– They are biological protein catalysts that speed up the rate of a reaction by lowering the activation energy. This activation energy is the minimum energy for the reaction to proceed.
– Most enzymes are proteins and some include RNA molecules.
– Ribozymes (catalytic RNA) are substrate specific, they enhance the rate of a reaction and they are unchanged at the end of the reaction.
– Antibodies that have catalytic power are known as abzymes.
– For example sucrose is oxidized in the cell to produce carbon dioxide and water through respiration and with the aid of enzymes.
– The most important reaction in nature to sustain life is photosynthesis.
– In an energy profile diagram the transition state is when the atoms have the highest amount of energy between the intermediates of the reactants and products.
– The enzyme does not change the free energy of the reactants or products, hence, the equilibrium of the reaction does not change but is accelerates the rate at which the equilibrium is reached.
– Enzymes are versatile biochemical’s that can be distinguished by their catalytic power, specificity and regulation.
– Each second an enzyme can covert 100 to 1000 substrates to products. This is known as the turnover number or Kcat which is the number of molecules of substrate converted to product per enzyme molecule per second.
– Enzymes are classified into six major classes and they are given enzyme commission numbers. The six classes are:
– In order for enzymes to function properly they must be accompanied by cofactors. There are inorganic and organic cofactors. Organic can be sub divided to transiently and permanently cofactors.
– Holoenzyme is an active enzyme.
– Cofactor is a non protein part and an apoenzyme is an inactive protein part.
– An apoenzyme and a cofactor combine to form a holoenzyme.
– Inorganic catalysts are used to make ammonia (finely divided iron catalyst) in the Haber process and sulphuric acid (vanadium (v) oxide catalyst) in the Contact process.
– An enzyme interacts with its substrate through molecular recognition which is based on structural complmentarity.
– Substrate binds to the enzyme’s active site.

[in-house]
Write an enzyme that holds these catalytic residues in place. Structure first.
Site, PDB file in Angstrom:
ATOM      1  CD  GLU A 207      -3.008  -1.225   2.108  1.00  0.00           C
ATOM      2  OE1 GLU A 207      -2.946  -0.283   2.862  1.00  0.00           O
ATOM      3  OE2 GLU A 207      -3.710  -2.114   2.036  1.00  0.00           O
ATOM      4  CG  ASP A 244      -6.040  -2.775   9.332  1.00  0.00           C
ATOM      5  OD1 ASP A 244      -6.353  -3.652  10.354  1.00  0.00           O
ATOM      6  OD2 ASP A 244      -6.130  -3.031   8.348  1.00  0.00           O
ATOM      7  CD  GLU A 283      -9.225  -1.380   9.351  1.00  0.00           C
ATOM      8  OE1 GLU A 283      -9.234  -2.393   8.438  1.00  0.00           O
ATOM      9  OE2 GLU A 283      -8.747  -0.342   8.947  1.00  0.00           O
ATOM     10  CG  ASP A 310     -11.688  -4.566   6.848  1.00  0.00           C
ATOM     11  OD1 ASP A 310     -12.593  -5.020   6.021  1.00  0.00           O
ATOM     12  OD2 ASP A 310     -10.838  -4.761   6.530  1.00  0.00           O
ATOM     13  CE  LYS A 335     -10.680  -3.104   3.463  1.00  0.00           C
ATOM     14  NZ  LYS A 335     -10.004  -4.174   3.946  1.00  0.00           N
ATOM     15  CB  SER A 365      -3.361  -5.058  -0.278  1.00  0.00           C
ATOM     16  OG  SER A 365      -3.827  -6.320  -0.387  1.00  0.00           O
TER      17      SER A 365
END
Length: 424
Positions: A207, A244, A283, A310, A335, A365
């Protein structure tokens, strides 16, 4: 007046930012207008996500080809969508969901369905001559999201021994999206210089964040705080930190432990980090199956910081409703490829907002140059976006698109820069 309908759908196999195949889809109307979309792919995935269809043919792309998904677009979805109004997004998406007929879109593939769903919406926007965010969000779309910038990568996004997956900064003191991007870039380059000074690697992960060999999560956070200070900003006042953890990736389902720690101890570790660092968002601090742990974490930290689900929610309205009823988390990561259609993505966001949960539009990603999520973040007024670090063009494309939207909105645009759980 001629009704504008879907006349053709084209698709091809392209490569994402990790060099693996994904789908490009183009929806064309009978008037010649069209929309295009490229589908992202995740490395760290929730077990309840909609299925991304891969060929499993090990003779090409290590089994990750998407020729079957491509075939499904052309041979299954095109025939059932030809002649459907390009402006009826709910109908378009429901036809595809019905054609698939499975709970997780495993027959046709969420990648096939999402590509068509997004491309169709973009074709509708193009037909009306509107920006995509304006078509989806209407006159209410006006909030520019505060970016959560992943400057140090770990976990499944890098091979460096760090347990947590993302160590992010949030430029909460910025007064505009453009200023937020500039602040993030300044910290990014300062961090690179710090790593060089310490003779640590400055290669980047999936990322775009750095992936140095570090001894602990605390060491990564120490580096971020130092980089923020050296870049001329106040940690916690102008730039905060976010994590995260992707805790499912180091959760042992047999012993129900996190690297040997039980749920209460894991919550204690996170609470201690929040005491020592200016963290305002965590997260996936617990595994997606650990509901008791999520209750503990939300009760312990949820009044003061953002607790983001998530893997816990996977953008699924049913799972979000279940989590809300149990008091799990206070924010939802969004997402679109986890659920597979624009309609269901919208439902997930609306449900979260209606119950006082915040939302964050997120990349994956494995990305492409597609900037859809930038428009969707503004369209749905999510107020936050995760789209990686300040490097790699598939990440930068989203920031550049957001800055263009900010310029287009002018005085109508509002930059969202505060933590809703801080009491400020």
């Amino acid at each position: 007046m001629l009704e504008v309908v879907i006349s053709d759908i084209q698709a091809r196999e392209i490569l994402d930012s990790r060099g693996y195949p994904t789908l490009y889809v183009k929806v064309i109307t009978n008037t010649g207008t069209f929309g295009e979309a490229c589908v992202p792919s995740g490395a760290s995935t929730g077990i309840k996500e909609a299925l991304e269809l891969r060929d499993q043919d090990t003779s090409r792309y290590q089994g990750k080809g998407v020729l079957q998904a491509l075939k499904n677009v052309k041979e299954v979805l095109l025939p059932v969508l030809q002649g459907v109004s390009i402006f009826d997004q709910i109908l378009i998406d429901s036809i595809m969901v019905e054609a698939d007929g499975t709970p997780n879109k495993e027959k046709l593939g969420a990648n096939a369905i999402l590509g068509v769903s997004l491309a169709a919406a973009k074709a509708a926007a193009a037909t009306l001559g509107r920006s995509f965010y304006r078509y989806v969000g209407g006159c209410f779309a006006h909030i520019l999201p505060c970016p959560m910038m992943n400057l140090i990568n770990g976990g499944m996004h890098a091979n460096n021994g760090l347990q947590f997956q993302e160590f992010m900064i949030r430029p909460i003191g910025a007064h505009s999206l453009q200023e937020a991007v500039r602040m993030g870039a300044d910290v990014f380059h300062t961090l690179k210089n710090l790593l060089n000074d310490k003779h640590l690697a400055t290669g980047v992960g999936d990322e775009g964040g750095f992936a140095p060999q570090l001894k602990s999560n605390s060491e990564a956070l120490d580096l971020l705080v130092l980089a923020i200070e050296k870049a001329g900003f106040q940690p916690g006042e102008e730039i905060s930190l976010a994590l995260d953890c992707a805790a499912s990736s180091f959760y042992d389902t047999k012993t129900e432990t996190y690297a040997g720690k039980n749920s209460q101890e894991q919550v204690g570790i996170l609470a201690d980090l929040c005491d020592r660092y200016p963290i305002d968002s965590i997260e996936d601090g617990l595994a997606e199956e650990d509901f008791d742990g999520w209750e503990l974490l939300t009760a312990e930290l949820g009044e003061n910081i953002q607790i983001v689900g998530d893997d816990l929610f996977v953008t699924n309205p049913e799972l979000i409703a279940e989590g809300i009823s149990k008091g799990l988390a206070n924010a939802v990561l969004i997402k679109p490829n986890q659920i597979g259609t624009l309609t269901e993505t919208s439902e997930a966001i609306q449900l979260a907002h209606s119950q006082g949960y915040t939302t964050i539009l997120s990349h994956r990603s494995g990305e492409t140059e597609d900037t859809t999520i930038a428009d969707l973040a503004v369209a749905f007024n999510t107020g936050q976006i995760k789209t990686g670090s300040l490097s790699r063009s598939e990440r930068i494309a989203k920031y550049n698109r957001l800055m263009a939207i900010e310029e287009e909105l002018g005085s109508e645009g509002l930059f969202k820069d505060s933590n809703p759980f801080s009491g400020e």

– Two different hypotheses were taught in class to explain the enzyme specificity and catalysis. They are Fisher’s lock and key and koshland’s induced fit hypothesis.
– There are four factors that affect the reaction velocity. Namely, [S], [E], temperature and pH.
– The graph of initial velocity vs. [S] hyperbolic curve is similar in shape to that of the oxygen – dissociation curve of myoglobin.
– Allosteric enzymes show a sigmodial curve which is similar to the shape of the oxygen-dissociation curve for hemoglobin.
– The assumptions of the Michaelis- Menten were relative concentrations of enzymes and substrates, steady-state assumption and the initial velocity.
– Conclusions about the Michealis- Menten kinetics were:
1) Km is numerically equal to the substrate concentration at which the reaction velocity is equal to ½ Vmax. Small Km has the higher affinity and large Km has the lower affinity of enzyme for the substrate.
2) The order of the reaction: when [S] is much less than Km , the velocity of the reaction is approximately proportional to the [S] and when the [S] is much greater than Km , the velocity is constant and equal to Vmax.
– The Line Weaver- Burk plot can also be used to calculate Km and Vmax.
– There are two types of inhibition on enzyme activity:
1) Irreversible: binds to enzymes through covalent bonds
2) Reversible: binds to enzymes through non- covalent bonds.
– In class we learnt about reversible inhibition. They include competitive, non-competitive, uncompetitive and mixed inhibition.
– Competitive inhibition: the Vmax is reversed by increasing the [S] and Km increases.
– Non- competitive inhibition: the Vmax is decreased and the Km is the same.
– Uncompetitive inhibition: both the Vmax and Km are reduced to the same amount.
– Mixed inhibition: the Vmax is always reduced and the Km may be increased or decreased.